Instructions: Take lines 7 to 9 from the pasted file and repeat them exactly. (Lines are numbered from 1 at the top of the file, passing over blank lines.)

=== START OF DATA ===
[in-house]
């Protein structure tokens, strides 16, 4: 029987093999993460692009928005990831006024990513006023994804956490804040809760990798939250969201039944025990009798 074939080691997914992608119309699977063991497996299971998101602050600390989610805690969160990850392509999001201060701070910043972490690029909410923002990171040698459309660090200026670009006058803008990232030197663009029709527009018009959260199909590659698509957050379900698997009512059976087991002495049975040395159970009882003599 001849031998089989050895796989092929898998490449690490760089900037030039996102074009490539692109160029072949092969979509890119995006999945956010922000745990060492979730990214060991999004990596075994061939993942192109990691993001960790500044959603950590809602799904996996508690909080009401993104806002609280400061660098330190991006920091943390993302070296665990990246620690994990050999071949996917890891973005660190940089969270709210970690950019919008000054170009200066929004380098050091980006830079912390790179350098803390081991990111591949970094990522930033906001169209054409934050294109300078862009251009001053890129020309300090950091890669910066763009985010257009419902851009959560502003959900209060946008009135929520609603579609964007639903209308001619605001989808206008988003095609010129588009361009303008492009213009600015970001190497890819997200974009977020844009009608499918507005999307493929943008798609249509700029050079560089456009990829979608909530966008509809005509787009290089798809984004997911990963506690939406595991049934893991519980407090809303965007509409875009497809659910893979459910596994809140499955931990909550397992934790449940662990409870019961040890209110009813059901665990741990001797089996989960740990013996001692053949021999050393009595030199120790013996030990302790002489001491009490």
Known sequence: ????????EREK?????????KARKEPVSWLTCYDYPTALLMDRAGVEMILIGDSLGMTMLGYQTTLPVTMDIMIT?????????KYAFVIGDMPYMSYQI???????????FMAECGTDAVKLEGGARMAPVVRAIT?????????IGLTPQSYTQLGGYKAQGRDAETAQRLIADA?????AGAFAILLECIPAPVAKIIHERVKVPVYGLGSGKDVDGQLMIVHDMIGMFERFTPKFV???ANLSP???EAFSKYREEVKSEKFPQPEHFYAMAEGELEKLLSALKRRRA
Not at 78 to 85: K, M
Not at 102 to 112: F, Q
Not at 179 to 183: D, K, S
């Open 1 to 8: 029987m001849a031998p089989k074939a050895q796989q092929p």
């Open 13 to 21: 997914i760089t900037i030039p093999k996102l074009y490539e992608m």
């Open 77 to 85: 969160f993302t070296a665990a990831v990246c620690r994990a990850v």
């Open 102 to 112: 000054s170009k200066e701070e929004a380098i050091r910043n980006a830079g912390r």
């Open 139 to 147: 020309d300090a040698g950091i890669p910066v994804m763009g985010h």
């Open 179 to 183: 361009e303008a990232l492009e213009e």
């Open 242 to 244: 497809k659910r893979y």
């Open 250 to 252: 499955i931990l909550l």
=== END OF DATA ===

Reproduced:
């Open 1 to 8: 029987m001849a031998p089989k074939a050895q796989q092929p």
């Open 13 to 21: 997914i760089t900037i030039p093999k996102l074009y490539e992608m």
């Open 77 to 85: 969160f993302t070296a665990a990831v990246c620690r994990a990850v």